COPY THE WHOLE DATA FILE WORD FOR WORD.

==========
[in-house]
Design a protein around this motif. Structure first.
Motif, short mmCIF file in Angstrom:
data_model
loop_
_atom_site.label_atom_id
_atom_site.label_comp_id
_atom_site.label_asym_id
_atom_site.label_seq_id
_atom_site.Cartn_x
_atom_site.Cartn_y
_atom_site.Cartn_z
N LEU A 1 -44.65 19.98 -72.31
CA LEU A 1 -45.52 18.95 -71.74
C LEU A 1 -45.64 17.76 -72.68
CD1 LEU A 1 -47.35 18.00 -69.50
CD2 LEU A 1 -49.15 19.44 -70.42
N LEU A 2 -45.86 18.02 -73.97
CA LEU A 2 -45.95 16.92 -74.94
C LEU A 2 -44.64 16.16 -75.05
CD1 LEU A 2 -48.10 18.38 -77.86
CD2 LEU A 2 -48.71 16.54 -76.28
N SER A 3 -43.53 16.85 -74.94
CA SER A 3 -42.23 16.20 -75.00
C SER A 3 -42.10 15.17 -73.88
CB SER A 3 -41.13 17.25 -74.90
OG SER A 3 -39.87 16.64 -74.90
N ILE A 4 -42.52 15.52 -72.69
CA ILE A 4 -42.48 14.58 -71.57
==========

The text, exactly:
[in-house]
Design a protein around this motif. Structure first.
Motif, short mmCIF file in Angstrom:
data_model
loop_
_atom_site.label_atom_id
_atom_site.label_comp_id
_atom_site.label_asym_id
_atom_site.label_seq_id
_atom_site.Cartn_x
_atom_site.Cartn_y
_atom_site.Cartn_z
N LEU A 1 -44.65 19.98 -72.31
CA LEU A 1 -45.52 18.95 -71.74
C LEU A 1 -45.64 17.76 -72.68
CD1 LEU A 1 -47.35 18.00 -69.50
CD2 LEU A 1 -49.15 19.44 -70.42
N LEU A 2 -45.86 18.02 -73.97
CA LEU A 2 -45.95 16.92 -74.94
C LEU A 2 -44.64 16.16 -75.05
CD1 LEU A 2 -48.10 18.38 -77.86
CD2 LEU A 2 -48.71 16.54 -76.28
N SER A 3 -43.53 16.85 -74.94
CA SER A 3 -42.23 16.20 -75.00
C SER A 3 -42.10 15.17 -73.88
CB SER A 3 -41.13 17.25 -74.90
OG SER A 3 -39.87 16.64 -74.90
N ILE A 4 -42.52 15.52 -72.69
CA ILE A 4 -42.48 14.58 -71.57